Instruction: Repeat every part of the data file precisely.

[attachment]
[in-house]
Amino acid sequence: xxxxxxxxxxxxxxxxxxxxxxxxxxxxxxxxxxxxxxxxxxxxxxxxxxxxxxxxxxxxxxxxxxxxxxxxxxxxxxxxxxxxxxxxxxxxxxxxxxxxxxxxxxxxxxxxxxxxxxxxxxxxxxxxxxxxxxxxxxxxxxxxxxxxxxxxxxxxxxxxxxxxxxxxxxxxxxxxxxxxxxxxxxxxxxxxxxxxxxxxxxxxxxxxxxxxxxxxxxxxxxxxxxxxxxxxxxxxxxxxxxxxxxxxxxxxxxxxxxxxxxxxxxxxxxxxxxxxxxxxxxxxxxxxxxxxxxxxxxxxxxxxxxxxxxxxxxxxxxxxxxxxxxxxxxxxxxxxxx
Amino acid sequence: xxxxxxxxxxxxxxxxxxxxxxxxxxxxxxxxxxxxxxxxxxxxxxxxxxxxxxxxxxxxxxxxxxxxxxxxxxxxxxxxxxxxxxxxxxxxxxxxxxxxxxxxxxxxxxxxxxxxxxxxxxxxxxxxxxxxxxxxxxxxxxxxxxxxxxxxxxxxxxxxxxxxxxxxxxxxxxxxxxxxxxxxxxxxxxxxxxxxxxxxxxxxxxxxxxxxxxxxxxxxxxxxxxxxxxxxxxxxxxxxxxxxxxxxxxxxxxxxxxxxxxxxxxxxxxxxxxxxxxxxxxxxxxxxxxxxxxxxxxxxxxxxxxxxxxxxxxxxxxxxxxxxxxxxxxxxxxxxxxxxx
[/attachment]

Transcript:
[in-house]
Amino acid sequence: xxxxxxxxxxxxxxxxxxxxxxxxxxxxxxxxxxxxxxxxxxxxxxxxxxxxxxxxxxxxxxxxxxxxxxxxxxxxxxxxxxxxxxxxxxxxxxxxxxxxxxxxxxxxxxxxxxxxxxxxxxxxxxxxxxxxxxxxxxxxxxxxxxxxxxxxxxxxxxxxxxxxxxxxxxxxxxxxxxxxxxxxxxxxxxxxxxxxxxxxxxxxxxxxxxxxxxxxxxxxxxxxxxxxxxxxxxxxxxxxxxxxxxxxxxxxxxxxxxxxxxxxxxxxxxxxxxxxxxxxxxxxxxxxxxxxxxxxxxxxxxxxxxxxxxxxxxxxxxxxxxxxxxxxxxxxxxxxxx
Amino acid sequence: xxxxxxxxxxxxxxxxxxxxxxxxxxxxxxxxxxxxxxxxxxxxxxxxxxxxxxxxxxxxxxxxxxxxxxxxxxxxxxxxxxxxxxxxxxxxxxxxxxxxxxxxxxxxxxxxxxxxxxxxxxxxxxxxxxxxxxxxxxxxxxxxxxxxxxxxxxxxxxxxxxxxxxxxxxxxxxxxxxxxxxxxxxxxxxxxxxxxxxxxxxxxxxxxxxxxxxxxxxxxxxxxxxxxxxxxxxxxxxxxxxxxxxxxxxxxxxxxxxxxxxxxxxxxxxxxxxxxxxxxxxxxxxxxxxxxxxxxxxxxxxxxxxxxxxxxxxxxxxxxxxxxxxxxxxxxxxxxxxxxx